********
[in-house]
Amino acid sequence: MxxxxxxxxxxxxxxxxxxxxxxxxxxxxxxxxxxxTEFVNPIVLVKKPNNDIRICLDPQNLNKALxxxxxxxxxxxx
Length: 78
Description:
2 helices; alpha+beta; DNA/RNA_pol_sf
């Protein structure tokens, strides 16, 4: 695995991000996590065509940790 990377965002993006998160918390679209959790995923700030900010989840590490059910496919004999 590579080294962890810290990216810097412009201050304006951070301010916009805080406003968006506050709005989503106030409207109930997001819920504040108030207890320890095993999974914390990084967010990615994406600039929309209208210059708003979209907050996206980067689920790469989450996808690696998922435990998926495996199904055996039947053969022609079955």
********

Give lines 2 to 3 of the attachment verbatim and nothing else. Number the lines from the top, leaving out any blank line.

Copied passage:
Amino acid sequence: MxxxxxxxxxxxxxxxxxxxxxxxxxxxxxxxxxxxTEFVNPIVLVKKPNNDIRICLDPQNLNKALxxxxxxxxxxxx
Length: 78